Israel’s parliament voted to dissolve, leading to fifth election in four years

Foreign Minister Yair Lapid will formally take over as acting prime minister on Friday, under the terms of a coalition deal struck between outgoing prime minister Naftali Bennett and Lapid last year. Since Lapid, a former journalist and broadcaster who is interim prime minister, there will be no official swearing-in ceremony.

Thursday’s 92-0 vote finally ended Bennett’s slow run as prime minister – one of the shortest terms in Israeli history – and gave former prime minister Benjamin Netanyahu a potential path back to power.

When the vote ended, Lapid and Bennett hugged each other, hugged, and switched places, so that Lapid took the prime minister’s seat.

As they were leaving the Knesset hall, Bennett accidentally took Lapid’s mobile phone. “My brother,” said Lapid, “you took my phone.” Bennett replied, “My brother, you have taken my job.”

New elections will be held on November 1, the fifth round of voting for Israelis in less than four years. Recent polls show that former Prime Minister Netanyahu’s Likud party is on track to win the most seats, but polls do not show that his right-wing bloc will necessarily have enough seats to win a parliamentary majority and form a ruling government.

Speaking on the floor of parliament ahead of the dissolution vote, Netanyahu vowed to return to power.

The elections offer a potential opportunity for Netanyahu to return to power.

“We are the only alternative: a strong national government, stable and responsible. A government that will restore national honor to the citizens of Israel,” Netanyahu said.

The night before the dissolution, Bennett announced that he was retiring from politics and would not run for re-election.

“I will remain a loyal soldier of this country, which I have served all my life as a soldier, officer, minister and prime minister. The State of Israel is the love of my life. Serving her is my destiny,” Bennett said. in addressing the nation. “It’s time to step back a bit. Look at things from the side.”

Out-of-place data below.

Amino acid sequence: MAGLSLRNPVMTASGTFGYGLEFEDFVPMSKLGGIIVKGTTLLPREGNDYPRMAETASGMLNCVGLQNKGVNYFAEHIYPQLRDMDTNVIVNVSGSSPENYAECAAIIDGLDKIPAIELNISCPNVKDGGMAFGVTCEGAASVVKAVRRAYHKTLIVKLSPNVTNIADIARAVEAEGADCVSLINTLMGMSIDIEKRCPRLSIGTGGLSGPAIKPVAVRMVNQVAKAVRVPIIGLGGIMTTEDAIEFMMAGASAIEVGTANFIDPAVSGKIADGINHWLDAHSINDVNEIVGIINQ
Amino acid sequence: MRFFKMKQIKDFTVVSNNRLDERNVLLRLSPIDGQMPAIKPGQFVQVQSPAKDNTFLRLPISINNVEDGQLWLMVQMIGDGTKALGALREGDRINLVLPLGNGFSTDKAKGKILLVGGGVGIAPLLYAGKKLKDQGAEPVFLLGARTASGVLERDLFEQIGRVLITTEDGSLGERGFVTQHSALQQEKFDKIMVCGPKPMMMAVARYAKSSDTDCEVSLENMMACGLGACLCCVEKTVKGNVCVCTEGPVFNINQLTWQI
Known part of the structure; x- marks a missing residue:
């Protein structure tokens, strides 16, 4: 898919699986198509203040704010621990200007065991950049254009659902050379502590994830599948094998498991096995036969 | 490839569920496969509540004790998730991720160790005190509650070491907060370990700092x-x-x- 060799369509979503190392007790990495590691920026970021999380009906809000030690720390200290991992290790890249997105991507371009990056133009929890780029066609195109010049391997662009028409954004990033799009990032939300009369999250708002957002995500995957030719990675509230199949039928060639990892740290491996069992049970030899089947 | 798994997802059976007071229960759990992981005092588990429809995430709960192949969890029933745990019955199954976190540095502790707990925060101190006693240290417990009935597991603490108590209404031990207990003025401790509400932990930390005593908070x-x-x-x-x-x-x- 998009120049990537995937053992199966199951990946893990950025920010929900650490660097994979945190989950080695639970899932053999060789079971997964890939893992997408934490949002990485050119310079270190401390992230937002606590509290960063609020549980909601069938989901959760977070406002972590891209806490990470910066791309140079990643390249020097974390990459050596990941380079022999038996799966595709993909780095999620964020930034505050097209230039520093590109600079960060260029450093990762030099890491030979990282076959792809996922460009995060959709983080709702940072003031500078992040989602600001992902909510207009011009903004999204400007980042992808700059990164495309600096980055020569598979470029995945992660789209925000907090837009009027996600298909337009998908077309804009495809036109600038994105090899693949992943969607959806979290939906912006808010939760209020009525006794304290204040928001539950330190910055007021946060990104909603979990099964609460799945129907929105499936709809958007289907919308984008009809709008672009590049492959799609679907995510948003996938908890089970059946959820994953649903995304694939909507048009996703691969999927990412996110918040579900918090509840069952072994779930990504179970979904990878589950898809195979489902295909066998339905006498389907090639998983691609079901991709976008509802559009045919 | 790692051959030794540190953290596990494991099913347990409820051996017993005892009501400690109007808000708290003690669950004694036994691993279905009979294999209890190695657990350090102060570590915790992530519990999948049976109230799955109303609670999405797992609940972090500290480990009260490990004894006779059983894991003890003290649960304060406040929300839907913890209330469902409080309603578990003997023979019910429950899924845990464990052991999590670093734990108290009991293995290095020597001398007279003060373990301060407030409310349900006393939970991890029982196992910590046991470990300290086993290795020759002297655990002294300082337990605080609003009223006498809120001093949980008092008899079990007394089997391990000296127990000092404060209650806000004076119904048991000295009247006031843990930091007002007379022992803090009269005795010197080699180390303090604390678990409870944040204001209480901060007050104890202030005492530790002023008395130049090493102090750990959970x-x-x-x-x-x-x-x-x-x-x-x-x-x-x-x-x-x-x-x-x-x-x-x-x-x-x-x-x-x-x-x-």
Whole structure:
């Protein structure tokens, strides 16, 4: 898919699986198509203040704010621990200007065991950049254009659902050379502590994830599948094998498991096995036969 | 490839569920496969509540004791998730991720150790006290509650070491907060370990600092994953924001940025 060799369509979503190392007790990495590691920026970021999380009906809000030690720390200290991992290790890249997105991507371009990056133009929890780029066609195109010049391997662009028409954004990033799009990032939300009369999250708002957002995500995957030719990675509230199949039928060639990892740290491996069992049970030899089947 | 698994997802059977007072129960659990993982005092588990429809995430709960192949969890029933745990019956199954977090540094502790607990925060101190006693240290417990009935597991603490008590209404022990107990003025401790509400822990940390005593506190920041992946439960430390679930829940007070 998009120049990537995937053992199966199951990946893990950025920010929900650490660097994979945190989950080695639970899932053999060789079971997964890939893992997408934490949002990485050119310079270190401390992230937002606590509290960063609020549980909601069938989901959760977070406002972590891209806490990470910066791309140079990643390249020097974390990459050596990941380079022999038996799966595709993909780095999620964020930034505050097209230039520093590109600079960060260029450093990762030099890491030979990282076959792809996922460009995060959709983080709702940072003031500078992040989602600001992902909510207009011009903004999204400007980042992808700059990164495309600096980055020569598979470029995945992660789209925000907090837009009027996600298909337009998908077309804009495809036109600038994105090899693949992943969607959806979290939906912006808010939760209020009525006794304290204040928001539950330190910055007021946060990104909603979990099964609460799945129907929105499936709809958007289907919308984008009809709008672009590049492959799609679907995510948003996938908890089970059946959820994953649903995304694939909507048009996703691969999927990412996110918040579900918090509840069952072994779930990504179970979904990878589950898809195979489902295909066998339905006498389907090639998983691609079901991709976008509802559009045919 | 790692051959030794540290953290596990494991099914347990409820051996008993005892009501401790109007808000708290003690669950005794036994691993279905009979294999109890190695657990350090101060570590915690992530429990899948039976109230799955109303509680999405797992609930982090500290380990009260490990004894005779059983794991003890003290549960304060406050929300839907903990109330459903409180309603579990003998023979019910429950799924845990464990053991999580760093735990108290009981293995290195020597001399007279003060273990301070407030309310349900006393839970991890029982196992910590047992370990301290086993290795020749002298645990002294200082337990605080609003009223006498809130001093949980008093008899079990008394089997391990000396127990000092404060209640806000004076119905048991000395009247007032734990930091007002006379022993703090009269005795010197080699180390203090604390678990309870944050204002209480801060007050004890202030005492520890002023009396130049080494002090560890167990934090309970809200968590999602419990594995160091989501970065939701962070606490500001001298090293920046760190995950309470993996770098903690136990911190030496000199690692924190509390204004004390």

The coalition government vacillated for weeks. But Bennett and Lapid’s announcement last week that they want to dissolve their own government and hand over power to Lapid came as a surprise.

“Over the past few weeks, we have done everything we can to save this government. In our view, its continued existence was in the national interest,” Bennett said earlier this month, standing next to Lapid.

“Trust me, we looked under every rock. We did this not for ourselves, but for our beautiful country, for you, the citizens of Israel,” Bennett added.

The Bennett-Lapid government was sworn in last June, ending a more than 12-year Netanyahu premiership.

The coalition of no less than eight political parties spanned the entire political spectrum, including for the first time an Arab party led by Mansour Abbas.

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United by a desire to prevent Netanyahu, whose trial had already begun in May 2020, from remaining in power, the scattered coalition partners agreed to put aside their significant differences.

While this led to significant domestic and diplomatic gains, it was domestic politics that ultimately led to the collapse of the coalition.

In recent weeks, a number of coalition members have either left or threatened to leave, leaving the government without a majority in parliament to pass the law.

The political stalemate came to a head earlier this month when a vote in the Knesset failed to support the application of Israeli criminal and civil law to Israelis in the occupied West Bank.

Among other things, the ruling, which is updated every five years, gives Israeli settlers in the Palestinian territories the same legal treatment as those within Israel’s borders and is a symbol of faith for right-wing members of the coalition, including the prime minister. Minister Bennet.

But two members of the coalition refused to support the bill, that is, it did not pass.

Since Parliament was dissolved before the law expired on July 1, the ordinance will remain in effect until a new government is formed, at which point it will be put to a vote again.

Andrew Carey contributed to this report.